Molokan Jumpers and WOFF? (Video)

There are times when ignorance is embarrassing. As I look back, I regret showing my ignorance in such a bold fashion. Let me explain. At some point between March of 1992 and May 1992, I was allowed to speak during one the “Training Sessions” held at Grace and Truth Fellowship. This was a very informal setting. Different members, as they “felt led”, were allowed to stand up and tell the listeners “what God was showing them” about a certain subject or topic being discussed. On one occasion, I stood up and said something that showed my great ignorance. Previous to coming to Greenville, I had spent time in a library looking up different religious groups. One group I read about was called the Molokan Jumpers. My reading was brief and I only took away from the text one main observation.

It was this observation, which I was so anxious to share. I was new to this type of setting and I would “learn” much during the next few months and years. On that day, it was glaringly obvious that my words would be out of place and only show my desire to be seen as “knowing something others may not”. As best as I remember, I mentioned the Molakan Jumpers and said; “These folks think they are in the Spirit in their services only when they are jumping up and down”. I will never forget the look of the Associate Minister-GS. He looked as if someone had uttered a loud socially unacceptable body sound. He looked at me and it was evident that he wanted to move on and forget that I had ever brought up the issue. I could sense that I had violated some unwritten rule, but I had no idea why until later in May of that year.

During the May Seminar of that year, I would attend my first service of Word of Faith Fellowship (WOFF). It was there I met the WOFF form of worship which included people jumping during the singing of songs. During all the years of being in churches, it was my first time seeing this exact type of behavior.  It looked very similar to what had been described about the Molokan Jumpers!  Now about the time the jumping started, I realized what I had said and why it had been met with utter disbelief! GS never brought it to my attention. It was just ignored and left to die on the vine, so to speak.

Before, I move on, let me say the information available about the Molokan Jumpers was very limited in 1992. The source I read may have had three paragraphs about them. It was just enough to give me a very incomplete picture. Today, there is much more information. In short, the group emigrated from Russia and settled on the west coast. You may read about the group at this link- .  One signature practice includes the group singing the Psalms and making it a practice to jump or leap or skip during the singing. There is much more background information on the source webpage. The group is seen as a “separatist” group and has several sub-groupings.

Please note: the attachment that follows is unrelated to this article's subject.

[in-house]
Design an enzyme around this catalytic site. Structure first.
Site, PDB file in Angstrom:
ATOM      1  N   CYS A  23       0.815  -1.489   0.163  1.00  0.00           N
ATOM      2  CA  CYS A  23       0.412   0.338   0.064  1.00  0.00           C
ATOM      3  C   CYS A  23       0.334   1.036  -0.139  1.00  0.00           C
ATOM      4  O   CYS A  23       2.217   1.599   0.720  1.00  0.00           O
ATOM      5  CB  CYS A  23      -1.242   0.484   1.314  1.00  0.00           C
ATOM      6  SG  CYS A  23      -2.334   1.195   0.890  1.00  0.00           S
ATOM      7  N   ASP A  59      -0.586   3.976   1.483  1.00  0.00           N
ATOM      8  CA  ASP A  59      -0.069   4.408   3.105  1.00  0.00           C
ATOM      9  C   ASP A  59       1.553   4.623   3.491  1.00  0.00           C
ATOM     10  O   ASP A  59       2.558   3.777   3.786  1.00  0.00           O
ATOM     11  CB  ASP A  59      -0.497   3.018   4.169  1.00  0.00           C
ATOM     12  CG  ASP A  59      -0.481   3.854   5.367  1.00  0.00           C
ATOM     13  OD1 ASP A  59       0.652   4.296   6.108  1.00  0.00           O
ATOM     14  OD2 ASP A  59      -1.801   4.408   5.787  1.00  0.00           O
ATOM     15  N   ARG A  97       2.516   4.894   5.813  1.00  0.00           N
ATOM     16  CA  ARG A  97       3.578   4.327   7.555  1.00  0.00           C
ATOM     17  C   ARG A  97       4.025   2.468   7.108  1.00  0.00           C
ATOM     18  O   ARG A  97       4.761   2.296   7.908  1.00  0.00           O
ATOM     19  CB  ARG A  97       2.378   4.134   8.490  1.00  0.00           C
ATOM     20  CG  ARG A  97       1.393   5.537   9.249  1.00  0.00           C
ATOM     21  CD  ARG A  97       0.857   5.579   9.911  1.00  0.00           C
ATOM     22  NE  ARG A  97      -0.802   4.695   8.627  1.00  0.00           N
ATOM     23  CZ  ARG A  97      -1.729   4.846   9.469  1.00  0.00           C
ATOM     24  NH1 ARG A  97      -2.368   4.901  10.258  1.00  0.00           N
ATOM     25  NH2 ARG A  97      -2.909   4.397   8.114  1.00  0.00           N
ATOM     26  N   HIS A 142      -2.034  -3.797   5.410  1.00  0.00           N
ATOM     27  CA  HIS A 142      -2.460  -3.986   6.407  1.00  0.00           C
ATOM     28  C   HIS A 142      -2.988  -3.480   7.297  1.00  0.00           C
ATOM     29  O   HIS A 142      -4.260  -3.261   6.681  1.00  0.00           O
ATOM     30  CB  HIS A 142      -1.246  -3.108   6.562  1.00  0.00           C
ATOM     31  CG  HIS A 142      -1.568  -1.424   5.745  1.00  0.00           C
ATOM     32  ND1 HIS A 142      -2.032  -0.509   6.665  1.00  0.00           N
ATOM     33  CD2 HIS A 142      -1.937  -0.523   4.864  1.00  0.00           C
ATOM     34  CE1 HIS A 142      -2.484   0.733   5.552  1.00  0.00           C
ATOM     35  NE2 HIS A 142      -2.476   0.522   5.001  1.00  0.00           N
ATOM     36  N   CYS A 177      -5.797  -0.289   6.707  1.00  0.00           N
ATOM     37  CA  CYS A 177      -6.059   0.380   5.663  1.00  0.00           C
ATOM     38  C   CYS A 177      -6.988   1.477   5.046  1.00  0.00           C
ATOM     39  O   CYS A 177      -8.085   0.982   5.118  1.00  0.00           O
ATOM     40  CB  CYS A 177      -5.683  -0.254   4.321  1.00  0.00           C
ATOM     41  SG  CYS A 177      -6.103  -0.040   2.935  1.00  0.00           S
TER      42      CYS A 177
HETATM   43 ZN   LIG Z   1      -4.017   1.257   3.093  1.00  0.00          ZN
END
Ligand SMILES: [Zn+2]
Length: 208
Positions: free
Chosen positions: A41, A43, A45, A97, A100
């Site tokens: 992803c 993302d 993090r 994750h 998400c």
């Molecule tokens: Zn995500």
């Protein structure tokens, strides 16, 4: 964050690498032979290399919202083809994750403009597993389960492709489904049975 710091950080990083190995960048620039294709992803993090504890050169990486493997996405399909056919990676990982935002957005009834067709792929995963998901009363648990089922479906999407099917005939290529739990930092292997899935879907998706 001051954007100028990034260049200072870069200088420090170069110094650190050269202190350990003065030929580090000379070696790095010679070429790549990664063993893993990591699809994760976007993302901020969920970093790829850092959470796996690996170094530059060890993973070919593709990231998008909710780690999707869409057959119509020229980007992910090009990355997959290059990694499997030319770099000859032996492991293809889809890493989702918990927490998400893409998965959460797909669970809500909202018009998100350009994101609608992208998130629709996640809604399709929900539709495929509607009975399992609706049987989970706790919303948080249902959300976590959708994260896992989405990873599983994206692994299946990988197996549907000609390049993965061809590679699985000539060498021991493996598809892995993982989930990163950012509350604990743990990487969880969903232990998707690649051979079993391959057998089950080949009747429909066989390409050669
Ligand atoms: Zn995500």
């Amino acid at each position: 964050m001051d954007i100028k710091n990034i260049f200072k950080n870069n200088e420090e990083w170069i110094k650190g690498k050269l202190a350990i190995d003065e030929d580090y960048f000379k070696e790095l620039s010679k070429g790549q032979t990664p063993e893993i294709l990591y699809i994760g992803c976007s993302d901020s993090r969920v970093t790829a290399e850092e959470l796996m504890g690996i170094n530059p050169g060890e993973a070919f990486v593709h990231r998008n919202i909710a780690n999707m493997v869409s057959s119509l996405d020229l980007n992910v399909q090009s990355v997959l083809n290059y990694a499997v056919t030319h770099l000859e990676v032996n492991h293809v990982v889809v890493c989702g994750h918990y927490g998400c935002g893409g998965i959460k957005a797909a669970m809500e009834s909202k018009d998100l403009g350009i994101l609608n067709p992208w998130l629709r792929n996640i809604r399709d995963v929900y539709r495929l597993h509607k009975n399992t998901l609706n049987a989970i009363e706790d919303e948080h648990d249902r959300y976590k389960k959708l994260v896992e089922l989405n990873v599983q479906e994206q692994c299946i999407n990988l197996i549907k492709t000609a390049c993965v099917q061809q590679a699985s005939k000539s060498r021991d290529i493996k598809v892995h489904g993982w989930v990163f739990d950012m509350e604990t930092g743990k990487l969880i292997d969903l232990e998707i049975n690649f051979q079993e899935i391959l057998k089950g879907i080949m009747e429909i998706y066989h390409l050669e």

All of these events came back me when I was shown a video of a WOFF group singing on Youtube®.  Before I share about the video, let me interject that during my WOFF years, I was a “jumper”. The social atmosphere did not make it easy to refuse to jump and sing along with the many songs that came right from the Psalms. In fact, it was during October of 2004 that I experienced too much pain to jump during the singing which indicated a serious health issue. All that being said, watch the video.

Honestly, when I first watched it I had a hard time remembering the words to the song –“We Are Called to Walk Together”. What wedding was that song written for? Mark and Zeda? Anyway, as a defense against painful memories, when first coming out of WOFF, I purposed to not sing WOFF songs. After a few times watching this video, the words came back. VERY WEIRD.  The jumping is WOFF-normal in this video. WOFFers did not make a train and proceed around the room. But, it was all similar enough to bring back the tons and tons of memories associated with the HOURS and HOURS spent singing this song and others. I told the person watching the video with me that after a while you sang the words without being aware of the words. It became rote and you were able to think of other things. Did anyone else experience that? I felt sure the folks in this video were able to watch the crowd, watch Brock running and jumping, watch the flag-wavers and so on. Maybe some were even wondering why they were in New Mexico with the Holocaust display? I wondered that myself when I first heard of the trip last year…

Survivors, who have come out during the last year, tell me of certain changes that occur during the singing part of a WOFF service. These changes are not shown in the video.  I am told there is a line of WOFF members that run around the sanctuary during praise services. Again, I understand there is great peer pressure to participate and some have experienced serious injuries during this part of the service. The jumping/running may last for 45 minutes or longer and there is full group participation unless you are excused for medical reasons. In years past, there is such pressure to participate that I remember children and adults being asked why they were not jumping. What are you giving to? Open your heart? Are you under something? What sin did you not expose before you came in here?  It was almost as if it was required to jump in order to show you were “in the spirit”- or at least the WOFF-spirit. Does that sound right?